Listen to enough earnings calls and political commentary and an investor is bound to hear increasing talk of climate change and net-zero goals. Fortunately, that’s a trend easily accessible via exchange traded funds, including some newcomers. That’s a positive for market participants looking to align portfolios in values-based fashion. ETFs rooted in environmental, social, and governance (ESG) principles are all the more relevant when considering the depth of various global net-zero ambitions.
“Net zero is shorthand for ‘net-zero greenhouse gas emissions by 2050,’ with a 45% reduction in emissions by 2030. The rise of carbon dioxide and other greenhouse gas emissions has caused global warming. Global warming is a major threat to the financial system, posing risks for companies and all manner of investments,” noted Morningstar.
Enter the Calvert US Large-Cap Core Responsible Index ETF. CVLC debuted in early February as part of a six-ETF suite courtesy of Morgan Stanley Investment Management (MSIM). All six rookie ETFs bear Calvert branding.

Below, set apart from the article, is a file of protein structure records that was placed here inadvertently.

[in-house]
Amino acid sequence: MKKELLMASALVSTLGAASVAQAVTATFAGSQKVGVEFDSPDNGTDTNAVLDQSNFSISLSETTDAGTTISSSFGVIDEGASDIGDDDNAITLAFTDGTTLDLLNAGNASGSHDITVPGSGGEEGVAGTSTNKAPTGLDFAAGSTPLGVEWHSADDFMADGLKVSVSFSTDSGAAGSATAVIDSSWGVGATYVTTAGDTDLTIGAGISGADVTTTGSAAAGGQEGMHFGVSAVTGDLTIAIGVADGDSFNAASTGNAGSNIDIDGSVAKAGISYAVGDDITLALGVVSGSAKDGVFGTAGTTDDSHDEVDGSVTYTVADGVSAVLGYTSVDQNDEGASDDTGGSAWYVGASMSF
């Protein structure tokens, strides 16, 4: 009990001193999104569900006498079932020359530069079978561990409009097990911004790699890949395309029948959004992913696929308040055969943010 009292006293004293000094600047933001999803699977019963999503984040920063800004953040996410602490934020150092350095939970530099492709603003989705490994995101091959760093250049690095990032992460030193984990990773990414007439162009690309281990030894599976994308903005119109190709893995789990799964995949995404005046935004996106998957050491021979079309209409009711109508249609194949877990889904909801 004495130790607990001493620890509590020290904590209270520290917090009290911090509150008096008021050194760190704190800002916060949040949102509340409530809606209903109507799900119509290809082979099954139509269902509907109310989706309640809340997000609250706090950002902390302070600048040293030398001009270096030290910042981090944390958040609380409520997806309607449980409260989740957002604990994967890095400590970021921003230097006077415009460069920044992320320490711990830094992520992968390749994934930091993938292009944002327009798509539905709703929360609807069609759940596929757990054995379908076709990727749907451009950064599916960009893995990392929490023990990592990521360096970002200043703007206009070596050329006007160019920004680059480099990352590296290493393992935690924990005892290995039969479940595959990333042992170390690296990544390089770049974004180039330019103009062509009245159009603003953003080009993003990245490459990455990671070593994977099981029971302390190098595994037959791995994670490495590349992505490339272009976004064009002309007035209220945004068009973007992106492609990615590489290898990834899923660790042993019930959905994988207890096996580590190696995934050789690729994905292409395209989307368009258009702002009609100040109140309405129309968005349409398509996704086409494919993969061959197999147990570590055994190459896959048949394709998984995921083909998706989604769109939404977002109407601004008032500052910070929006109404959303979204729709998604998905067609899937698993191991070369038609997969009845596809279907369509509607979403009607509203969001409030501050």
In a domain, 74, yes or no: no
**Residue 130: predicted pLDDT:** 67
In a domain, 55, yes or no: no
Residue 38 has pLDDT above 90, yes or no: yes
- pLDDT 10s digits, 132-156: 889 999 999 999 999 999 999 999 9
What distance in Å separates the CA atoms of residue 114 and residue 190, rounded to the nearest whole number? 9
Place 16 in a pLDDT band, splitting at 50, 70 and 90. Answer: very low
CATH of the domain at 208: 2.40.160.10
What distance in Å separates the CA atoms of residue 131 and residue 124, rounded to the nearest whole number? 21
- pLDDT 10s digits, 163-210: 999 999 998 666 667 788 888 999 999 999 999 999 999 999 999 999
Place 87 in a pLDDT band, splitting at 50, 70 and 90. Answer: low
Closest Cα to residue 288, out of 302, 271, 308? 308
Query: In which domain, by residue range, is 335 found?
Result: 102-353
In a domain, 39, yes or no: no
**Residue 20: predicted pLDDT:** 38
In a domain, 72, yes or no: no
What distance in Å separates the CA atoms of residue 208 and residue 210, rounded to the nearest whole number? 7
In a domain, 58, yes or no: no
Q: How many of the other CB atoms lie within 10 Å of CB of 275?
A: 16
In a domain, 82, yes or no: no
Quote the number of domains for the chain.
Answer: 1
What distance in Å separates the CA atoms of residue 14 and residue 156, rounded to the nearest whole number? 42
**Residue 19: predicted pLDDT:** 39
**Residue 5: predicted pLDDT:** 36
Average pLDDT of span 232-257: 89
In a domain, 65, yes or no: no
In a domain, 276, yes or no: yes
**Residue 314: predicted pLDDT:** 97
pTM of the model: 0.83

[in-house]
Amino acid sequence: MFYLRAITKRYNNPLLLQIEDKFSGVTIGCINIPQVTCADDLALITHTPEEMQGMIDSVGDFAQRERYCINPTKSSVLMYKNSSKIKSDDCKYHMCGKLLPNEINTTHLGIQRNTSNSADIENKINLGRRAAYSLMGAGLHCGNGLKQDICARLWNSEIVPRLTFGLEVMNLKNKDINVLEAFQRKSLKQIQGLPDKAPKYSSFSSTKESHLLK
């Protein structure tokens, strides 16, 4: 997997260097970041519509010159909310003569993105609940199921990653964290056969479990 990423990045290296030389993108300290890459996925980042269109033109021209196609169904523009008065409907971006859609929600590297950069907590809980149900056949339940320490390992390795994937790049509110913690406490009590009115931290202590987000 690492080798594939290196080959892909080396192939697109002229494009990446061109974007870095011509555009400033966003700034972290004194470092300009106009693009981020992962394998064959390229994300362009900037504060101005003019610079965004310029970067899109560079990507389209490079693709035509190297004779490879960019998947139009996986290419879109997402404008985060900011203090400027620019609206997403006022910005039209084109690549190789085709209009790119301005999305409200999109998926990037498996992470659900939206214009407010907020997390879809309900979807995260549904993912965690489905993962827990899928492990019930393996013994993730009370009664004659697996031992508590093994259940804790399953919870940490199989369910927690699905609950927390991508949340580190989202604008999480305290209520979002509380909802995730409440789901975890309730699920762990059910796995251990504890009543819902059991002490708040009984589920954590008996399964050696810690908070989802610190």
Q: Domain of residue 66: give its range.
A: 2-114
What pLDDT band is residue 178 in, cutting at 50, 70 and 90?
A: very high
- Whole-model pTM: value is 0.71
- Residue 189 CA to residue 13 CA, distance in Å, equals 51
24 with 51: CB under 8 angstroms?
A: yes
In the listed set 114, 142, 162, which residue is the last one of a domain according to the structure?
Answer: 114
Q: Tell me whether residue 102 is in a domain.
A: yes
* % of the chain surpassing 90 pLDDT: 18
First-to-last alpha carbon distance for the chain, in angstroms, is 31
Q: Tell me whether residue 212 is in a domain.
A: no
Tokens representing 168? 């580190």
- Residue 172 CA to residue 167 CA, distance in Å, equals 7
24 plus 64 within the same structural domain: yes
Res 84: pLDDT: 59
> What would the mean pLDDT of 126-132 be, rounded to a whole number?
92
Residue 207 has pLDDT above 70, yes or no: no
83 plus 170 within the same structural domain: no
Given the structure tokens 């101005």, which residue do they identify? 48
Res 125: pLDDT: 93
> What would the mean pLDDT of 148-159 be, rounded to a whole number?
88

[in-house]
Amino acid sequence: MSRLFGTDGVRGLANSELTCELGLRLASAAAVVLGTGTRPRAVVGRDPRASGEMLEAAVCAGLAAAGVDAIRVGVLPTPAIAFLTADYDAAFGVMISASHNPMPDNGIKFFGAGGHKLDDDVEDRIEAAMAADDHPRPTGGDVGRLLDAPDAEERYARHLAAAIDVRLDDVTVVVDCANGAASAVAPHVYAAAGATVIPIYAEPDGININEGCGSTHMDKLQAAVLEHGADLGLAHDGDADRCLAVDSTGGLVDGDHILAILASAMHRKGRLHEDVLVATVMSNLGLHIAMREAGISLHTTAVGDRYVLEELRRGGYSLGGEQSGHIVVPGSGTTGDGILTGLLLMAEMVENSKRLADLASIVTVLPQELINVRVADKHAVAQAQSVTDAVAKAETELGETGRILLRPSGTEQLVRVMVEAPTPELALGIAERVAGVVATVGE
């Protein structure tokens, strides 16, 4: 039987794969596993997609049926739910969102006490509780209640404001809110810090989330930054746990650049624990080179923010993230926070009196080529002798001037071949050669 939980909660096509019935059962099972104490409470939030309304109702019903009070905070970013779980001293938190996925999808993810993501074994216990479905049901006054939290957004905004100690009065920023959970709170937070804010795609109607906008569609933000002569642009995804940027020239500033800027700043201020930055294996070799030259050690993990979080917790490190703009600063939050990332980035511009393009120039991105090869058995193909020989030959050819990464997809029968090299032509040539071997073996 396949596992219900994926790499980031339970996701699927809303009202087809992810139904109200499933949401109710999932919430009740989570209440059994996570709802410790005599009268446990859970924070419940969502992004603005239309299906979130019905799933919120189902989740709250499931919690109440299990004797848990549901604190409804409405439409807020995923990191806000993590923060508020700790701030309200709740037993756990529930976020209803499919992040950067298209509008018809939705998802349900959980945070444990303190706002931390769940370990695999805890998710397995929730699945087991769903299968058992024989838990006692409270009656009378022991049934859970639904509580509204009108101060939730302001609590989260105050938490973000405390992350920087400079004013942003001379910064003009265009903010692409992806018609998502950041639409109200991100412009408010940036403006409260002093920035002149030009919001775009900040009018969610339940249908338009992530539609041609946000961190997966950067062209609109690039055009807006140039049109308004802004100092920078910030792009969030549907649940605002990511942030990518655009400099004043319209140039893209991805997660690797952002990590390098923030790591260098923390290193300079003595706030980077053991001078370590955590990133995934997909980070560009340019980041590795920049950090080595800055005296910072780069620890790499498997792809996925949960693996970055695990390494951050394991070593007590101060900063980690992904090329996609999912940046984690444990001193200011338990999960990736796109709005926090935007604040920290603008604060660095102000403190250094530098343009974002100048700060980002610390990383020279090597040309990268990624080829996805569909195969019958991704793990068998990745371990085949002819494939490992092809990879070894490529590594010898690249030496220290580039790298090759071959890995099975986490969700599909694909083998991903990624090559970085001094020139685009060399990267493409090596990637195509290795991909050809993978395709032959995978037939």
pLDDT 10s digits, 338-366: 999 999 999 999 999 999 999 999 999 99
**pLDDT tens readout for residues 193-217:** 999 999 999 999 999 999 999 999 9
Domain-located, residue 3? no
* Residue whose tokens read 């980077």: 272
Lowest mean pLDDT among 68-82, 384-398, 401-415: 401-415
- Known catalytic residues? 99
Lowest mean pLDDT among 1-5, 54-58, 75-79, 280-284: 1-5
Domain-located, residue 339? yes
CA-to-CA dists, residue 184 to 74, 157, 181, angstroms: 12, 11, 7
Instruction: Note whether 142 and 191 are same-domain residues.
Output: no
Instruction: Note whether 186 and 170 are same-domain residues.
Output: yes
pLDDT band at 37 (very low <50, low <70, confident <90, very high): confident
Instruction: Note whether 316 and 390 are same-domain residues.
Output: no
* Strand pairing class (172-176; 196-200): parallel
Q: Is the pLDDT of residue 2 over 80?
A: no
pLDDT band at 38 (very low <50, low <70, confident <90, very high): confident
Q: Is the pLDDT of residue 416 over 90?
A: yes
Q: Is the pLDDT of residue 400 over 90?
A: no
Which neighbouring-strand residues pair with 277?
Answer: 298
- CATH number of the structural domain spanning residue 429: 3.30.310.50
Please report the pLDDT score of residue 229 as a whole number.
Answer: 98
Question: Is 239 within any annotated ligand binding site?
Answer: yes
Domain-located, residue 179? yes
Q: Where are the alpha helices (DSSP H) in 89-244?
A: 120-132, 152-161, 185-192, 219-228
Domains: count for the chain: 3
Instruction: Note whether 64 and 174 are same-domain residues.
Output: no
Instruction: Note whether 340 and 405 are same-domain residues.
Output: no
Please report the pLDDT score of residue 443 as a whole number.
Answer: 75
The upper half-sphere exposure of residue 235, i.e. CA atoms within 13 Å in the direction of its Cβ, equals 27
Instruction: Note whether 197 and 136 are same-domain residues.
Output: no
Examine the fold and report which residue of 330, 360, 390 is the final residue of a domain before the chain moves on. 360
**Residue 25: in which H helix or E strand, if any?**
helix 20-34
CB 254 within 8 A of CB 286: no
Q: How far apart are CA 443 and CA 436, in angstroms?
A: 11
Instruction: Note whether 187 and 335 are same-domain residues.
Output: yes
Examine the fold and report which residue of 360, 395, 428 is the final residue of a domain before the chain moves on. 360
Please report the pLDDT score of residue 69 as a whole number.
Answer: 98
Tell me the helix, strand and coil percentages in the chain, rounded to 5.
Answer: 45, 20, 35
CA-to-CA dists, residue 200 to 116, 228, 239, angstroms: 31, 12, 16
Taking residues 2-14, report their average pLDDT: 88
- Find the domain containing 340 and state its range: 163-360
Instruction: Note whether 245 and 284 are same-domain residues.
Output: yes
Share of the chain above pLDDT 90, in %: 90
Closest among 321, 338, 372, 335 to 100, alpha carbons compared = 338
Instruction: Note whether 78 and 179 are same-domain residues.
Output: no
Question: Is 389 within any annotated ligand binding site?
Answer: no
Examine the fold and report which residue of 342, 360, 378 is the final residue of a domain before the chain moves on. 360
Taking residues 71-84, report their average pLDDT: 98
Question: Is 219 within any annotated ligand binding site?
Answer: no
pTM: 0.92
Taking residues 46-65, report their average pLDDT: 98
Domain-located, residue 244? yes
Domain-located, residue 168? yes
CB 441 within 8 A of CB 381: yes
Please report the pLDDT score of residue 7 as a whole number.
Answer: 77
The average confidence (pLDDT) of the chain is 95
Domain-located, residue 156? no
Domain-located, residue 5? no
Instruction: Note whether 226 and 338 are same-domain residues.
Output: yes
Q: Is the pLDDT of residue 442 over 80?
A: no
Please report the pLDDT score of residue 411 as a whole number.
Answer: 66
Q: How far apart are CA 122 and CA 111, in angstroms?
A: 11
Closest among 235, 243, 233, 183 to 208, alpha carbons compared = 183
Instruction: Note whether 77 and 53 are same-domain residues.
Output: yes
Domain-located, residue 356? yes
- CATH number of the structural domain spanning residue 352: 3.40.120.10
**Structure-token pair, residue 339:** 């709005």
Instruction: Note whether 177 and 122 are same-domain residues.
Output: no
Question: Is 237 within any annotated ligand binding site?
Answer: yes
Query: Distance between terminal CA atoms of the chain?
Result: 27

CVLC follows the Calvert US Large-Cap Core Responsible Index, and while the new ETF is a broad ESG strategy, it does offer investors ample exposure to climate change and net-zero trends. In fact, CVLC’s breadth is an asset due to the various ways in which corporations and governments can achieve net-zero objectives.
“That would involve replacing coal, gas, and oil-fired power with renewable energy sources like wind or solar and capturing carbon and other greenhouse gases to compensate for remaining emissions. Each net-zero target comes with a pathway to achieving it,” added Morningstar.
CVLC touches on another important theme. The ETF separates ESG contenders from pretenders. Said another way, plenty of companies are talking about ESG and net-zero commitments, but a smaller number are actually taking relevant action.
For example, CVLC holdings such as Apple (NASDAQ: AAPL), Amazon (NASDAQ: AMZN), and Tesla (NASDAQ: TSLA), just to name a few, have clearly stated net-zero goals and are taking action to that effect or, in the case of Tesla, contributing to the cause via carbon-reducing products.
CVLC’s holdings-level net-zero attributes are pertinent to investors because more market participants, including asset managers and active managers, are demanding that companies address climate change.
Net-zero is likely to be “an increasingly important criterion for sustainable funds. It’s a pretty tangible thing for investors—so long as you know what net zero means,” noted Morningstar analyst Jon Hale.
For more news, information, and analysis, visit the ESG Channel.